Bring back the photos of avocado toast.
Remember the days when humblebragging was the worst thing happening on social media? (Another beach house pic?) Then 2016 happened. (Psst...Here's How to Reset After a Bad Year.)
"Things are more politically charged after the election, and this has absolutely affected social media," says Andrew Lepp, Ph.D., an associate professor at Kent State University who researches social media use and behavior. Feeds that were once saturated with photos of lattes are now studded with rage-y political posts. FOMO gave way to even bigger mental health nightmares, from Twitter jitters to Insta-anger. And commenting turned into bickering.
Not even a pretty filter can make all the online angst look good. It's enough to make anyone want to log out permanently. But get this: It is possible to stay sane without opting for an all-out social media cleanse. The best strategies, according to Lepp:
1. Don't bookend your day with drama.
It's habit—we wake up and fall asleep to our screens. But beginning and ending the day with news that gets your emotions kicked up really screws with your mood. (Debates on foreign policy before you've had your morning coffee can be a real buzzkill.) Spending time on social media shouldn't replace activities that are good for your mental health. Opt to squeeze in an a.m. workout or use your evening leisure time to read a book.
2. Do the good stuff first.
Try reorganizing your phone's apps. Put things that have value to your wellness on your home screen (think things like meditation apps). If you catch yourself getting ready to tap on those trusty social media icons, make it your routine to click on a good-for-you app first. Once you do a quick meditation exercise or strike a yoga pose, you're less likely to turn to social media just because.
3. Remember to breathe IRL.
Research has shown that when you're in your online bubble, breathing can get shallow or you unconsciously hold your breath. (It's often called "email apnea" because researchers focused on that tech medium, but it's a good bet the same holds true when you're on social media.) Your body functions better with oxygen (obviously), so if you're in a tense state, you're more likely to be affected by what you see.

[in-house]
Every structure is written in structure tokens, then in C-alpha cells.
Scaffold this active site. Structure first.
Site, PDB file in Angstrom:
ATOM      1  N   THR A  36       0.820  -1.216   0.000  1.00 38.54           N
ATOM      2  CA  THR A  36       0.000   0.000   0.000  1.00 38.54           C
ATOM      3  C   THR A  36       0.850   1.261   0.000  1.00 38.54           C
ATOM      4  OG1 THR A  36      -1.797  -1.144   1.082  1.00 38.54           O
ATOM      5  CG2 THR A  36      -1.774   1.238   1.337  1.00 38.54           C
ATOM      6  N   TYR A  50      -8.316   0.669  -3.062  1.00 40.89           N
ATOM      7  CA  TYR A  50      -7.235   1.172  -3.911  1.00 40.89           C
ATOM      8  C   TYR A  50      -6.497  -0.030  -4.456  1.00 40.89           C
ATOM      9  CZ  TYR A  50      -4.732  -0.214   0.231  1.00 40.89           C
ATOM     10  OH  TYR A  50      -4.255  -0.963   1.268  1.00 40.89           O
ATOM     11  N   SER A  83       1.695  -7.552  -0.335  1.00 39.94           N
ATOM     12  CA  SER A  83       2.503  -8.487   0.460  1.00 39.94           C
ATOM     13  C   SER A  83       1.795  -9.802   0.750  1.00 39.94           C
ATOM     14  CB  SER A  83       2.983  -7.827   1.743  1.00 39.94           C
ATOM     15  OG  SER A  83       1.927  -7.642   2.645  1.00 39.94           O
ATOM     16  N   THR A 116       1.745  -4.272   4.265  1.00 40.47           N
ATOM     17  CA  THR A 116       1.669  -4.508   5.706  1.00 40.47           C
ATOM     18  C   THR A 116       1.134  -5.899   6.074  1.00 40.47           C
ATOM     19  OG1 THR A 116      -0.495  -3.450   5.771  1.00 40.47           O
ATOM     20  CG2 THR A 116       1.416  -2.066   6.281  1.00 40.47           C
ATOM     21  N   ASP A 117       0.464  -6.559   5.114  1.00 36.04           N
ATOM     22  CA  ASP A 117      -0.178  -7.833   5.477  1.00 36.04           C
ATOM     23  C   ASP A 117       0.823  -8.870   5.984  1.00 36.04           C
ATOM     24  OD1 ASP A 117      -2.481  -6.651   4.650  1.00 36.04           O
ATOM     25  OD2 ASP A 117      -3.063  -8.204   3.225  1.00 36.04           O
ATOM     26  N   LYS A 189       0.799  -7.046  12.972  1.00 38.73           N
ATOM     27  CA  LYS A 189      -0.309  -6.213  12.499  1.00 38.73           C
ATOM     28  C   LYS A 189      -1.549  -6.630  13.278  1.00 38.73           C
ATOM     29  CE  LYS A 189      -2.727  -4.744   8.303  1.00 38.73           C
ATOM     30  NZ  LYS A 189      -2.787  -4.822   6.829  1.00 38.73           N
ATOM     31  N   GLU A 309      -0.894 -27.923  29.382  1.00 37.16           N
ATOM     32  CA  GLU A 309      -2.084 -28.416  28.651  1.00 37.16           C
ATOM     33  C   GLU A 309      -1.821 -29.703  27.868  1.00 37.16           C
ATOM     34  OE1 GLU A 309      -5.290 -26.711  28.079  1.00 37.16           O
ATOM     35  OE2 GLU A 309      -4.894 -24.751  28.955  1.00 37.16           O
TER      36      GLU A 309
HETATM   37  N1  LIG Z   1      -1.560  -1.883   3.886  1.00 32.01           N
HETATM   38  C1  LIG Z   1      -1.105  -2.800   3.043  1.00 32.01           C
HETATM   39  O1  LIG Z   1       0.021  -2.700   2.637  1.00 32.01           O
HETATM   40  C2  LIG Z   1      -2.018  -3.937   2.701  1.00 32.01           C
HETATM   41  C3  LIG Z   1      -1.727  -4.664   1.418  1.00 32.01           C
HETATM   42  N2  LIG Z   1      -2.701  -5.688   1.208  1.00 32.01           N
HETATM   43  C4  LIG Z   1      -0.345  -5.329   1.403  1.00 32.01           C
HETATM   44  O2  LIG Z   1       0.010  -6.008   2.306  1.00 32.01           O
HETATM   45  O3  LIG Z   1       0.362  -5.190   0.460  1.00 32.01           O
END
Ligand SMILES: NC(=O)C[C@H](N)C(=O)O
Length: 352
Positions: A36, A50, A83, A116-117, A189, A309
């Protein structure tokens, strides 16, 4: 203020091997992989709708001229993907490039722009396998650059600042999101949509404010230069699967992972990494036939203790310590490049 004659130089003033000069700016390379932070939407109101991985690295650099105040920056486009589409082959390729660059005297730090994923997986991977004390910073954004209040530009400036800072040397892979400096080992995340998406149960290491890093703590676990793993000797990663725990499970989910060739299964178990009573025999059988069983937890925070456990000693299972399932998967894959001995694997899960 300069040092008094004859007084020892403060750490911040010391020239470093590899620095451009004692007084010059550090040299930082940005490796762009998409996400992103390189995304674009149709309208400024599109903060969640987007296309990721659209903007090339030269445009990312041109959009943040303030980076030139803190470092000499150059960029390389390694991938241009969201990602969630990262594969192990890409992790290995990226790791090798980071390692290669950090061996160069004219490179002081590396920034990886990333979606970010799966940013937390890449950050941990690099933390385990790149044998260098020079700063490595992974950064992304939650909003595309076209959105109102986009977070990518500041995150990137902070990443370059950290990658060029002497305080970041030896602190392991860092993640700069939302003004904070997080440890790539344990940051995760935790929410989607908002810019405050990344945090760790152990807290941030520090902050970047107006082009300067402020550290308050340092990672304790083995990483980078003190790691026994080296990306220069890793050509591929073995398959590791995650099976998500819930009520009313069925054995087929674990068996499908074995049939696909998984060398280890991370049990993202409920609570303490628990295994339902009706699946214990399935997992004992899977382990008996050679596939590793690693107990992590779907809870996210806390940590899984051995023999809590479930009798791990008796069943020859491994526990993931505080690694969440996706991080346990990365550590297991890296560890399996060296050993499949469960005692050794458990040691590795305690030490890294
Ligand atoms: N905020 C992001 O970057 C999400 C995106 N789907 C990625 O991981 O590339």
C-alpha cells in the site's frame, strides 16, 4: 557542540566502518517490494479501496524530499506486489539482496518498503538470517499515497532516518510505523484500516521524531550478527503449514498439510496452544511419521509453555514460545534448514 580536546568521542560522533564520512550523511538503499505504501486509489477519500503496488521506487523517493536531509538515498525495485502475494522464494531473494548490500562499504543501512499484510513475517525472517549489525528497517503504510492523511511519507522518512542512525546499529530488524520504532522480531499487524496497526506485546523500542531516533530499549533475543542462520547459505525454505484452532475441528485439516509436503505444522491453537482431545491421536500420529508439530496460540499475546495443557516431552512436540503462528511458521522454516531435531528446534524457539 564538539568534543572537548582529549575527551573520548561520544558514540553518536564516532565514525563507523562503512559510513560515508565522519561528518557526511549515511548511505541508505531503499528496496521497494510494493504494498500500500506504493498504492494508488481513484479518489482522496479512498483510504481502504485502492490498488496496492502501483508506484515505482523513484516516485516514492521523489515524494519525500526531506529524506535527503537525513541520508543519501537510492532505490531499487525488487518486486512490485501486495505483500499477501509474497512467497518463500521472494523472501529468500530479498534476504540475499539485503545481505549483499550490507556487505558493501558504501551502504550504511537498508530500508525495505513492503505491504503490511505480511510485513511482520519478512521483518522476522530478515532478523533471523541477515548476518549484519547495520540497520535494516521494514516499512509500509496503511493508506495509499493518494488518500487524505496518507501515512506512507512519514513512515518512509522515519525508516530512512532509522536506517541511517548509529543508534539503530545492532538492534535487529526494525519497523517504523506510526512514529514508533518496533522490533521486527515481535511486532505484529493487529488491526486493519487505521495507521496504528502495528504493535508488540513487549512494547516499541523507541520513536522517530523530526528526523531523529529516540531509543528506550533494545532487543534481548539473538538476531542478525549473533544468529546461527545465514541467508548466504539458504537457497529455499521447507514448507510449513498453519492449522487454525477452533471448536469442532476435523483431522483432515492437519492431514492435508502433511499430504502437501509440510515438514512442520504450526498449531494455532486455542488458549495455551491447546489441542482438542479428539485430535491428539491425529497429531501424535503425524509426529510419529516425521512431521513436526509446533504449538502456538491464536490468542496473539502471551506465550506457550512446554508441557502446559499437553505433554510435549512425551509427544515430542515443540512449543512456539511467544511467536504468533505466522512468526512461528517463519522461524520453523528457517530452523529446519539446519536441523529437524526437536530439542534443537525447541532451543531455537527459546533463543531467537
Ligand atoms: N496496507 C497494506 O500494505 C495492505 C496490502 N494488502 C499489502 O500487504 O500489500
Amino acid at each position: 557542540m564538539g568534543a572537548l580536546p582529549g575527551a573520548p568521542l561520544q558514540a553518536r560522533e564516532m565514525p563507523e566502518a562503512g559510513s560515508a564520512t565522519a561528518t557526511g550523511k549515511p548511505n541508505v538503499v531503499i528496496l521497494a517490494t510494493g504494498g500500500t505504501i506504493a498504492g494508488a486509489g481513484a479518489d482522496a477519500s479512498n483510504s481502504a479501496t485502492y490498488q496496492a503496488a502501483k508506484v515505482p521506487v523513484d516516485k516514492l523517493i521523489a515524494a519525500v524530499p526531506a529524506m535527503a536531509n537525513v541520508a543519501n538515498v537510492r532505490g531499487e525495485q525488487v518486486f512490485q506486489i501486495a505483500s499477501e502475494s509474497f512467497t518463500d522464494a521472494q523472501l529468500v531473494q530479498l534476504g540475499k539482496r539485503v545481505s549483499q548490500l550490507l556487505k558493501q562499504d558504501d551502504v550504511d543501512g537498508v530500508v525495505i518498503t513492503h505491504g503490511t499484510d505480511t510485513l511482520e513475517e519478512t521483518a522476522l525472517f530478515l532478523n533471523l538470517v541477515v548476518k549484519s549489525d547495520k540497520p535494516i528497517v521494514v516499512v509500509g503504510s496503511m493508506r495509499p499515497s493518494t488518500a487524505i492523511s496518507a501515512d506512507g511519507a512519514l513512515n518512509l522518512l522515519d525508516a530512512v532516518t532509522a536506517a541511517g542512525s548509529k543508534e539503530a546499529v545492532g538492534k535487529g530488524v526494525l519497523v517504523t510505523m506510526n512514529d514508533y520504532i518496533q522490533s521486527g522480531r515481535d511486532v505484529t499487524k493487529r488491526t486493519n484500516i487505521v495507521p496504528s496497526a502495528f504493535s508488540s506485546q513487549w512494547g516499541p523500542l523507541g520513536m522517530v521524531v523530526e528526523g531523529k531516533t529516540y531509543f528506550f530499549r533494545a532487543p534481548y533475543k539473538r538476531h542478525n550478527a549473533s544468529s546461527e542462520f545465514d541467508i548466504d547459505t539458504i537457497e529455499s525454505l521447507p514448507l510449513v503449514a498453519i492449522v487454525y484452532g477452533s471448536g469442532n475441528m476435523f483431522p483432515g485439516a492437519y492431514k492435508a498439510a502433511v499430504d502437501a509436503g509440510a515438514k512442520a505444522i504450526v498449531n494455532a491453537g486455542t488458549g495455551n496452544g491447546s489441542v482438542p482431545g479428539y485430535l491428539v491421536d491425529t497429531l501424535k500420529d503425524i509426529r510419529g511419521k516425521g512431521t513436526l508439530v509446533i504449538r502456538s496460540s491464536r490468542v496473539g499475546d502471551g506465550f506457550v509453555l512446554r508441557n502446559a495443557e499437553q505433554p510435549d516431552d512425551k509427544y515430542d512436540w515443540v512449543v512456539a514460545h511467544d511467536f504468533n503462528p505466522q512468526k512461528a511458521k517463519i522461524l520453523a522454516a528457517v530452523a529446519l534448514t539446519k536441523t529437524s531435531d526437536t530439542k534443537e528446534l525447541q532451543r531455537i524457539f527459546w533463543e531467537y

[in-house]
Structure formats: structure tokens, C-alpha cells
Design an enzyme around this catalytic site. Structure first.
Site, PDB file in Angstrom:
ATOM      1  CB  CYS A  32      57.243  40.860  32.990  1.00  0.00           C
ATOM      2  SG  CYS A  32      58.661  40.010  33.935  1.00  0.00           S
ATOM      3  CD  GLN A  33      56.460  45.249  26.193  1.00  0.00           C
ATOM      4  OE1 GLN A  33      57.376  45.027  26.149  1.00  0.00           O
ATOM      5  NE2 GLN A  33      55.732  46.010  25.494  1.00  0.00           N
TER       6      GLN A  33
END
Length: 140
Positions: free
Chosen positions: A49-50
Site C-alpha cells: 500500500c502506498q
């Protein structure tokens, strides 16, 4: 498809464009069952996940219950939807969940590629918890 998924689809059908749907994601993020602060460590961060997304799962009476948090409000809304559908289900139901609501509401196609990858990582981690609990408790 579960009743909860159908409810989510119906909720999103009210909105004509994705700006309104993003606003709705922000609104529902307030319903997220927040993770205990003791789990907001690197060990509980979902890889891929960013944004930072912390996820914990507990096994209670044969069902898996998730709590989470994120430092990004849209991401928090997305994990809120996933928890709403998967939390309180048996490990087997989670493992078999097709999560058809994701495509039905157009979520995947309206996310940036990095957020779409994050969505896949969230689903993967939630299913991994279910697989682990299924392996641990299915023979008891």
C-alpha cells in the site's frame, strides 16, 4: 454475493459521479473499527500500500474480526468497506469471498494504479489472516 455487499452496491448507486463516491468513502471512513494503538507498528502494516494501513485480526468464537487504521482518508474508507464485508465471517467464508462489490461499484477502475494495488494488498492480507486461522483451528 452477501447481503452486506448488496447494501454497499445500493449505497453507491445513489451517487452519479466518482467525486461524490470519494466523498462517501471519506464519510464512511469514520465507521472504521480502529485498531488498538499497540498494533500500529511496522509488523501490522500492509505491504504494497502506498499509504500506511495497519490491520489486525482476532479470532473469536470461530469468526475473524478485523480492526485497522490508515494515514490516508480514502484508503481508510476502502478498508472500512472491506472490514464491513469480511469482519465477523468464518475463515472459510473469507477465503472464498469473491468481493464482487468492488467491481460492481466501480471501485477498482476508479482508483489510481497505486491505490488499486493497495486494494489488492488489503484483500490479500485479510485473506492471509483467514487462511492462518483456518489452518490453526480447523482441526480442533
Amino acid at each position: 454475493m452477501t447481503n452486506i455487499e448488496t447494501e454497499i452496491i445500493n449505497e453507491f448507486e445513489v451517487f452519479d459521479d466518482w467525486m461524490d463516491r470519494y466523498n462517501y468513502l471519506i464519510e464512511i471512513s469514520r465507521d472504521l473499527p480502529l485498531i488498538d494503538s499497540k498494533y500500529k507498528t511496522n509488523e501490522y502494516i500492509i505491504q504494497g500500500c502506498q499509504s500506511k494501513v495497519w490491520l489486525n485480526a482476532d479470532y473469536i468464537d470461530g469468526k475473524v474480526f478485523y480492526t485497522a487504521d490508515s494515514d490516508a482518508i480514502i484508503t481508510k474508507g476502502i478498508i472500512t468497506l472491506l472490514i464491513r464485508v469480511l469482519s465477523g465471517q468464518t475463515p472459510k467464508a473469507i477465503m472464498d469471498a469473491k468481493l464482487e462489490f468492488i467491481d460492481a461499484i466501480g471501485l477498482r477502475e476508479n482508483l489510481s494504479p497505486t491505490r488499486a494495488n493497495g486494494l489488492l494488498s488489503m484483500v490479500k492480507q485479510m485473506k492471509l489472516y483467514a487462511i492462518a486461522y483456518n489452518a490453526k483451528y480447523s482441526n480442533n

4. Block. Mute. Unfollow. But don't quit.
Ditching your accounts may sound like the fix, but giving up your digital circle may only make you feel worse because that means you're also missing out on connections you enjoy (pics of your BFFs new baby! watching your cousin's engagement video! rooting for your faraway friend as she competes in her first marathon!). Just remember that you don't have to eat up everything served over bytes. Instead, curate what's constantly popping up on your feed. If you have an aggressive aunt who's always posting things that upset you, unfollow her (not the same as unfriending). But be careful about going on a frantic unfollow fest—you don't want to put yourself in a bubble. Only pull out that trick if the content is particularly troubling to your state of mind.
5. Limit yourself.
In the world of fake news and fast opinions, it's tempting to feel like it's your job to comment on everything. But commit to only engaging in a way that's healthy for you. Maybe that's choosing one issue that you're really well-versed on that you'll comment on but nothing else, or perhaps it's limiting yourself to only posting one political item a week.
6. Share something proactive.
Engaging in every single post will likely only make you feel worse. Try pitching into the conversation when you can share something that goes beyond an opinion, but instead offers up something actionable. It could be a link to donate to a cause you care about, or re-posting an upcoming event that is important to you.
7. Master the rules of engagement.
The big rule: Only write on social media what you'd feel comfortable saying in a room full of strangers. If you do choose to engage, state your opinion, allow for one rebuttal, and then end it. You'll feel much better than if you find yourself in a 205-comment (and counting!) quarrel.
If it is someone you care about, and you'd like to continue the convo, suggest meeting up in person for a true discussion. "Posting something confrontational and controversial is easier online because the immediate consequences are distant—the offended person is elsewhere," Lepp says. But if you were talking to your in-laws over dinner, banter about "how could you vote for that person?" is broken up with "don't you love this wine?" It humanizes the conversation and allows for real discussion. And let's be honest, we can all use a little wine right about now.